One of the best indicators of a healthy economy is the rate of growth of its middle class.
Over the past dozen years that I’ve been paying close attention to Colombia, I’ve witnessed the steady expansion of that country’s middle class.
My focus has been on Medellín primarily… where, I can tell you from firsthand experience, there are more cars on the roads… more shoppers in the malls… more locals in line for movie theater showings… and more diners in the restaurants all the time.
At last week’s Live and Invest in Colombia Conference, a colleague from Bogotá provided data to support my anecdotal observations.
In 2011, this local businessman and investor with a 40-year track record explained, 26.5% of Colombia’s population qualified as “middle class.”
By 2015, that figured had grown to 30.5%… a significant milestone as, that year, the country’s middle class became bigger than the percentage of people living in Colombia in poverty.
Assuming the current average annual GDP growth rate of a little better than 4% a year continues (as it is expected to do), by 2020 (that is, next year), the percentage of this country’s population qualifying as middle class will reach 37%.
Colombia’s GDP growth, it’s worth mentioning, has been about 33% greater, on average, than the average GDP growth rate of Latin America as a whole over the past decade.
And, important, over the last several years, this continuing GDP growth has been fueled not only by exports of oil and other commodities, as had been the case historically, but also by internal consumption… thanks to that expanding middle-class buying pool.
I witnessed the same phenomenon in Ireland when we were living in that country about 20 years ago. Specifically, in Ireland, the middle-class ranks were being bolstered by big numbers of kids being able to move out of their parents’ houses sooner than they would have traditionally.
The positive effect on real estate values was big.
This next-generation effect is an important force behind Colombia’s current rates of middle-class growth, as well… especially in capital city Bogotá.
Bogotá’s 114 universities have a current total student population of about a half-million and are launching into the world (and, specifically, the Bogotá economy) 100,000 graduates annually.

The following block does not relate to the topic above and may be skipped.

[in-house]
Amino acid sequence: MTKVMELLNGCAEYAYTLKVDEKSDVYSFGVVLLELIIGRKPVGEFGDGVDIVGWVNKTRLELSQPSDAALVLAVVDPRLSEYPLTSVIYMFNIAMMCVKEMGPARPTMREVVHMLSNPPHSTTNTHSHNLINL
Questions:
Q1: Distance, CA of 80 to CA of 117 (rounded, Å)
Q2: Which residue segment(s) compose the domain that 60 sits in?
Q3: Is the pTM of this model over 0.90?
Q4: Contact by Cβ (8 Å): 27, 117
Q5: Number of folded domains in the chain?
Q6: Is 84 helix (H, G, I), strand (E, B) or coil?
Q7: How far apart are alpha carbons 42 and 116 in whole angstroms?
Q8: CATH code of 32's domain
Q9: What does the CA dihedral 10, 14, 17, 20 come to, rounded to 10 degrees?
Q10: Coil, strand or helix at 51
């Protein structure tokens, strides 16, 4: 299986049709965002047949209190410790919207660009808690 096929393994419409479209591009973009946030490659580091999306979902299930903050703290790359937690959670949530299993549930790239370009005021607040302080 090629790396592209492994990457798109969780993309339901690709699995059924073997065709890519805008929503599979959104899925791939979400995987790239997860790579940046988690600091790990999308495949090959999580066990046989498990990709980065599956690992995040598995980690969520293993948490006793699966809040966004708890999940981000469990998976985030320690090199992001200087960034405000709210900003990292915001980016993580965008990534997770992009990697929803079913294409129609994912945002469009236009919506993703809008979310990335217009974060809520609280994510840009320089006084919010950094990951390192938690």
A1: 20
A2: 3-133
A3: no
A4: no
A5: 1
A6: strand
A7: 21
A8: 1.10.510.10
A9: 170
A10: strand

And that rate of matriculation is expected to continue for years to come.
Do these new grads want to move back in with mom and dad? Nah… like those youngsters I observed in Ireland two decades ago, they’ve tasted independence.
Fortunately, Colombia’s economy is growing right alongside them, providing job opportunities… making it possible for this generation of Colombians to transition from university to the work force… and afford digs of their own.
Translating into a new sweet spot for local developers.
Bogotá is both a university town and the economic engine of the country. More than 1,800 international companies are based in this city whose metro area holds a population of more than 10 million, which is more than 20% of the country’s total population.
This is a big, bustling metropolis that may not make sense for the expat retiree but that certainly holds opportunity for the foreign real estate investor.
Property values in Bogotá have appreciated 7% to as much as 18% per year over the last decade… which might suggest that you’ve missed the chance to get into this market early.
That could have been the case… if not for the current currency exchange rate between the Colombian peso and both the U.S. and the Canadian dollars.
Thanks to a super undervalued peso, you can get in on this market on still bona-fide bargain terms.
And the rate of property value appreciation isn’t expected to slow anytime soon, thanks to continually improving economic factors.
Where and in what, specifically, should you invest?
Bogotá is divided into 20 districts running north to south along a mountain valley. The poorer areas are in the south, the wealthier areas in the north. The middle-class neighborhoods are, well, in the middle.
One neighborhood in the middle that has my interest is Chapinero. You could buy an older apartment to renovate or something new pre-construction. Either way, you could then furnish and rent short term (if the building association allows short-term rentals) or skip the furniture and rent long term.